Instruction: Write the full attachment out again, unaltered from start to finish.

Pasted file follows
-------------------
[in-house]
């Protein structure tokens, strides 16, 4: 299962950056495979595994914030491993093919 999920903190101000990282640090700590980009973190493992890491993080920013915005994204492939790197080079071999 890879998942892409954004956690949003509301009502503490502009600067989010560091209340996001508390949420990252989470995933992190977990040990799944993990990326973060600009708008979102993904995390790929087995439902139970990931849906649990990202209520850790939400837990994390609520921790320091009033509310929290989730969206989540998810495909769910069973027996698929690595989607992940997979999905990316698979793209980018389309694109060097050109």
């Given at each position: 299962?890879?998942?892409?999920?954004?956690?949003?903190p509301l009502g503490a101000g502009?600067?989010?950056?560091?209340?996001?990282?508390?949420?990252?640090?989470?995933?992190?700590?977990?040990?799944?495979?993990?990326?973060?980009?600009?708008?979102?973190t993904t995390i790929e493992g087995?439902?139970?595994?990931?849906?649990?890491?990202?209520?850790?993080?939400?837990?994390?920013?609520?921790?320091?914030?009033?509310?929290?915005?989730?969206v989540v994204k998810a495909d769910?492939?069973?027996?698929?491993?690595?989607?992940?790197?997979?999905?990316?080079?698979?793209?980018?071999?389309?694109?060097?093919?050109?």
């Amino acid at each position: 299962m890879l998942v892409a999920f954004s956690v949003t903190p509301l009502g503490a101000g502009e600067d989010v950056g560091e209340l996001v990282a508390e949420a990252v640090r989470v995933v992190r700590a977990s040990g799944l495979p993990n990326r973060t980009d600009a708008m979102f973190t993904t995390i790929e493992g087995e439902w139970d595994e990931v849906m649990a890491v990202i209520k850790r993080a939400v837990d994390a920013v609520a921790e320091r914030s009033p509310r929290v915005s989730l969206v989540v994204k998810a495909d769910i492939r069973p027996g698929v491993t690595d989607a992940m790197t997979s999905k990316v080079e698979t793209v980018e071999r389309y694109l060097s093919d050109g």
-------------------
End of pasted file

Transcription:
[in-house]
């Protein structure tokens, strides 16, 4: 299962950056495979595994914030491993093919 999920903190101000990282640090700590980009973190493992890491993080920013915005994204492939790197080079071999 890879998942892409954004956690949003509301009502503490502009600067989010560091209340996001508390949420990252989470995933992190977990040990799944993990990326973060600009708008979102993904995390790929087995439902139970990931849906649990990202209520850790939400837990994390609520921790320091009033509310929290989730969206989540998810495909769910069973027996698929690595989607992940997979999905990316698979793209980018389309694109060097050109």
């Given at each position: 299962?890879?998942?892409?999920?954004?956690?949003?903190p509301l009502g503490a101000g502009?600067?989010?950056?560091?209340?996001?990282?508390?949420?990252?640090?989470?995933?992190?700590?977990?040990?799944?495979?993990?990326?973060?980009?600009?708008?979102?973190t993904t995390i790929e493992g087995?439902?139970?595994?990931?849906?649990?890491?990202?209520?850790?993080?939400?837990?994390?920013?609520?921790?320091?914030?009033?509310?929290?915005?989730?969206v989540v994204k998810a495909d769910?492939?069973?027996?698929?491993?690595?989607?992940?790197?997979?999905?990316?080079?698979?793209?980018?071999?389309?694109?060097?093919?050109?």
């Amino acid at each position: 299962m890879l998942v892409a999920f954004s956690v949003t903190p509301l009502g503490a101000g502009e600067d989010v950056g560091e209340l996001v990282a508390e949420a990252v640090r989470v995933v992190r700590a977990s040990g799944l495979p993990n990326r973060t980009d600009a708008m979102f973190t993904t995390i790929e493992g087995e439902w139970d595994e990931v849906m649990a890491v990202i209520k850790r993080a939400v837990d994390a920013v609520a921790e320091r914030s009033p509310r929290v915005s989730l969206v989540v994204k998810a495909d769910i492939r069973p027996g698929v491993t690595d989607a992940m790197t997979s999905k990316v080079e698979t793209v980018e071999r389309y694109l060097s093919d050109g």